Jul 8, 2010

Spackling, The Unappreciated Art



Spackling is a pretty thankless job. Yes it makes the walls so much smoother for painting, but it looks quite unfinished after a lot of work. It takes at least 2 coats of spackle plus a skim coat to finish it off - that's 3+ coats just to make a wall smooth but still unfinished. Yes it looks so much better when the walls have been primed and painted, but at that point the wall color gets all the credit. If anything, all that shows is your spackling mistakes - little divets and marks you missed. The best spackling job in the world is just invisible.

Obviously I've been doing a lot of spackling recently. Mostly in our master bedroom and closet, where we don't have a lot of traffic. I can't get the walls smooth enough for the more public spaces of our house, but I can do minor spots in our bedroom and big spots in the closet that will be hidden by clothes. At least spackling mistakes are easy to fix with sandpaper (to smooth things out), another coat of spackle and a damp sponge. This weekend we're painting in anticipation of the carpet installation on Wednesday. I'm so excited, we'll actually be able to move back into our bedroom next week!!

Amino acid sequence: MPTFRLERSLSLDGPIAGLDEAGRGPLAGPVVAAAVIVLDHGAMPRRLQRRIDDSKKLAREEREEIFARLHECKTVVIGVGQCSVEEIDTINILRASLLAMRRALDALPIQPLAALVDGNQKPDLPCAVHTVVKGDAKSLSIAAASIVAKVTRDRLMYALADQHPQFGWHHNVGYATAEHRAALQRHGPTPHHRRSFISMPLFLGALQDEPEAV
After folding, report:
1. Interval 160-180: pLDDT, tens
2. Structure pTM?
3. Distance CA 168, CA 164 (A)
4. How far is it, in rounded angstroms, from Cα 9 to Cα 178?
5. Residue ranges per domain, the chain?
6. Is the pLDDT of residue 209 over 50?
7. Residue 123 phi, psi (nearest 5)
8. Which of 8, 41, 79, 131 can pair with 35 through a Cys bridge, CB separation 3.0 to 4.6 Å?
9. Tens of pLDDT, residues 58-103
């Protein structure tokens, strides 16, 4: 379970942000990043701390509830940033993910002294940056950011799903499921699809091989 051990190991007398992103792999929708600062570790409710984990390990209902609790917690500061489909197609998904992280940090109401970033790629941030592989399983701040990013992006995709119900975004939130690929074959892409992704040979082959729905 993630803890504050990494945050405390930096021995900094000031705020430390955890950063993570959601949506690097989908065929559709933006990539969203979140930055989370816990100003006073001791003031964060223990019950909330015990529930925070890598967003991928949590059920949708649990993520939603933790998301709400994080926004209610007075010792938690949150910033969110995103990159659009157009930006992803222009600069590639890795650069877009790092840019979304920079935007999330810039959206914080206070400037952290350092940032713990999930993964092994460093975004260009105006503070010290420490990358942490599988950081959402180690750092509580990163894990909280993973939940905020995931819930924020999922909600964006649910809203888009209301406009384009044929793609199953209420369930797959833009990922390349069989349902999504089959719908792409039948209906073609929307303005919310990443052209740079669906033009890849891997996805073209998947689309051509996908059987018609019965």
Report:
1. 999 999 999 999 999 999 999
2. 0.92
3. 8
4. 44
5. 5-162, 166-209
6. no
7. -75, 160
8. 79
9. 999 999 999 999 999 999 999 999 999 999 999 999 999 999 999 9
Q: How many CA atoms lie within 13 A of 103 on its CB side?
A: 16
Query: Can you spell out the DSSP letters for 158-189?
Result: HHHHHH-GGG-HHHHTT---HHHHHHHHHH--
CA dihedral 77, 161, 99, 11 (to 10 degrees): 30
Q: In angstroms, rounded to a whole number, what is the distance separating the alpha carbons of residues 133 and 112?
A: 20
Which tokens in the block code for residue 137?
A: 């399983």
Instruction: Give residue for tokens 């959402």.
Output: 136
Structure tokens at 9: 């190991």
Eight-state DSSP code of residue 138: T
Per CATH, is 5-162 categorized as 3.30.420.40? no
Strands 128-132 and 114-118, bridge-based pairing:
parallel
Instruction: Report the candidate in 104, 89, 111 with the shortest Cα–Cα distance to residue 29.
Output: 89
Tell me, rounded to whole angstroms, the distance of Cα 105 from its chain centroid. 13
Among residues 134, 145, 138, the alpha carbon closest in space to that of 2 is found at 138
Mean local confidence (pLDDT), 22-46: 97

2 comments:

  1. Kiddo, you have plaster walls plus spackle. You want to be careful about driving nails to hang pix and mirrors. For drywall you use anchors and mollies but mollies won't work where you are and I'm not sure anchors were designed for plaster. What was the base used to hold your plaster? Wire, screening, wooden laths? To hang a really heavy object, read mirror, you probably should use a battery stud finder (assuming you have 2x3 or 2x4 studs) so you can drive a screw into the wood.

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  2. We're definitely using a battery operated stud finder to hang anything heavy (in fact we just did it for our closet). The only problem is that our walls are so uneven in parts and have strange things inside them that the stud finder has a hard time. It takes a lot of time to find where the studs really are. They also make a special kind of anchor for plaster walls that goes into the wooden lath (what we have), though I definitely prefer the security of using at least one stud in the wall.

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